Before joining the University of Ottawa Heart Institute, Dr. Stewart was Assistant Professor of Medicine at the University of Pittsburgh Cardiovascular Institute. He received his post-doctoral training at the University of California, San Francisco, and his PhD from the Department of Anatomy and Organismal Biology at the University of Chicago. Before his PhD training, he obtained an MSc degree in Physiology and a BScH degree in Biology at the University of Ottawa.
Dr. Stewart is a founding member of the international CARDIoGRAMplusC4D consortium focused on Genome-Wide Associations Studies (GWAS) of > 20 centres in eight countries for the discovery of genetic risk of coronary artery disease (CAD). He also participates in the GENIUS-CHD consortium that seeks to understand the genetic and non-genetic drivers of subsequent or recurrent events in those who have established CHD.
Dr. Stewart was awarded Investigator of the Year by the University of Ottawa Heart Institute in 2014.
Dr. Stewart has received peer reviewed funding from the Canadian Institutes of Health Research (CIHR), the Natural Sciences and Engineering Research Council of Canada (NSERC), the Heart and Stroke Foundation of Canada, Diabetes Canada (previously Canadian Diabetes Association) and the Weston Brain Institute.
Coronary arteries supply blood to the heart. When they become hardened with calcium, they lose their ability to control blood flow to the heart and this can cause a heart attack and death. Currently, there is no medicine to reverse this hardening of the arteries. Many factors increase the risk of hardening in the coronary arteries, including being male, atherosclerosis (the accumulation of fatty deposits in the artery wall) and having osteoporosis (a disease that weakens bones, so they break easily). Dr. Stewart’s team has identified genetic and inflammatory mechanisms that contribute to atherosclerosis, osteoporosis, and arterial calcification with a view to develop new therapies to treat these 3 diseases simultaneously.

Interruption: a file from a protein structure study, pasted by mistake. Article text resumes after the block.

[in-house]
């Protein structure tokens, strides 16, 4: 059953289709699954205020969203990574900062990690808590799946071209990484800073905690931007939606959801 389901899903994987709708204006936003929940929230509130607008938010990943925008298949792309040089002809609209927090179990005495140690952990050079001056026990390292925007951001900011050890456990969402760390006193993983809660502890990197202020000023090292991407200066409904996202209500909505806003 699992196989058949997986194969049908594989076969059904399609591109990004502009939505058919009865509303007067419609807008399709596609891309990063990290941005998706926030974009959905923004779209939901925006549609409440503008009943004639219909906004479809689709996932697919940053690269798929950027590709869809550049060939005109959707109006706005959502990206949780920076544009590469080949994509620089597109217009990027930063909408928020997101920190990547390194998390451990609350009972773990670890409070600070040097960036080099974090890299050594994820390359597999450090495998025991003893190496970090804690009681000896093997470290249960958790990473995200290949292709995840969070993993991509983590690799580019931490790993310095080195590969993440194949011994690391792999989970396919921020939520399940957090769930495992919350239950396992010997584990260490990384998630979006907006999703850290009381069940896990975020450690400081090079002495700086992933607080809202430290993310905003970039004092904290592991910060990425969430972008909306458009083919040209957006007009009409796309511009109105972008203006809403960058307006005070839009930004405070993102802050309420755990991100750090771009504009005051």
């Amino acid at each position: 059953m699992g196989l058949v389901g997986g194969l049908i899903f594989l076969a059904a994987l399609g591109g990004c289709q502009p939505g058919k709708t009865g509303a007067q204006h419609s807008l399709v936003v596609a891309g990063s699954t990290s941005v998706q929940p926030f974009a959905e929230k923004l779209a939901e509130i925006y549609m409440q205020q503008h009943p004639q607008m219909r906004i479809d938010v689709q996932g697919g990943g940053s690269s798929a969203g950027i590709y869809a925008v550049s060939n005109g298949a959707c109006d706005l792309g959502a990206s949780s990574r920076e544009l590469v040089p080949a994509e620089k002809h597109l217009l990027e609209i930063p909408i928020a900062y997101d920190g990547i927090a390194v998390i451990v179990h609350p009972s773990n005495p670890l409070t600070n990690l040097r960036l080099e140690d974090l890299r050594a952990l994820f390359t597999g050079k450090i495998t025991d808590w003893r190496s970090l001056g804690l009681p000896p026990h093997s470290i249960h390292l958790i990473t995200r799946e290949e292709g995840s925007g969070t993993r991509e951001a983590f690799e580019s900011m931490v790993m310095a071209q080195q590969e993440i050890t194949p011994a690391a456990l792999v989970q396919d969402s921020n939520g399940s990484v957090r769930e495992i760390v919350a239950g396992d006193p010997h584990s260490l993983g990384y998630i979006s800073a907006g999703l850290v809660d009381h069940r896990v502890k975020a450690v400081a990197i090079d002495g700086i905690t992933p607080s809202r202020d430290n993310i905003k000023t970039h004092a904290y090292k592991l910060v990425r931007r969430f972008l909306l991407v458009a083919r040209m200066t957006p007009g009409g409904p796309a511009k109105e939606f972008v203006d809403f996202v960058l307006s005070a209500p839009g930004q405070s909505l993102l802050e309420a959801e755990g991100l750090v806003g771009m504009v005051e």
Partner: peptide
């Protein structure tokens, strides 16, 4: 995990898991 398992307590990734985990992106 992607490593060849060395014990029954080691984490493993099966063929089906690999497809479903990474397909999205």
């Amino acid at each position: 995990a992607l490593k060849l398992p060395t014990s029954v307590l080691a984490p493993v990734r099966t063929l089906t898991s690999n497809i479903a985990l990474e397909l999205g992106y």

- Vilmundarson RO, Duong A, Soheili F, Chen HH, Stewart AFR*. (2021) IRF2BP2 3’UTR polymorphism increases coronary artery calcification in men. Frontiers in Cardiovascular Medicine 8:687645..
- Qin Z, Zhang L, Cruz SA, Stewart AFR*, Chen HH. (2020) Activation of tyrosine phosphatase PTP1B in pyramidal neurons impairs endocannabinoid signaling by tyrosine receptor kinase trkB and causes schizophrenia-like behaviors in mice. Neuropsychopharmacology, 45 (11):1884-1895.
- Zhang L, Qin Z, Ricke KM, Cruz SA, Stewart AFR, Chen HH (2020) Hyperactivated PTP1B phosphatase in parvalbumin neurons alters anterior cingulate inhibitory circuits and induces autism-like behaviors. Nature Communications, 11 (1):1017.
- Ricke KM, Cruz SA, Qin Z, Farrokhi K, Sharmin F, Zhang L, Zasloff MA, Stewart AFR, Chen HH. (2020) Neuronal Protein Tyrosine Phosphatase 1B hastens Amyloid β-associated Alzheimer's disease in mice. Journal of Neuroscience, 40 (7):1581-1593.
- Almontashiri NAM, Antoine D, Zhou X, Vilmundarson RO, Zhang SX, Hao KN, Chen HH, Stewart AFR. 9p21.3 coronary artery disease risk variants disrupt tead transcription factor-dependent tgfβ regulation of p16 expression in human aortic smooth muscle cells. Circulation, 2015; 132(21):1969-78.
- Chen HH, Keyhanian K, Zhou X, Vilmundarson RO, Almontashiri NAM, Cruz SA, Pandey NR, Yap NL, Ho T, Stewart CA, Huang H, Hari A, Geoffrion M, McPherson R, Rayner KJ, Stewart AFR. IRF2BP2 reduces macrophage inflammation and susceptibility to atherosclerosis. Circulation Research, 2015; 117(8):671-83.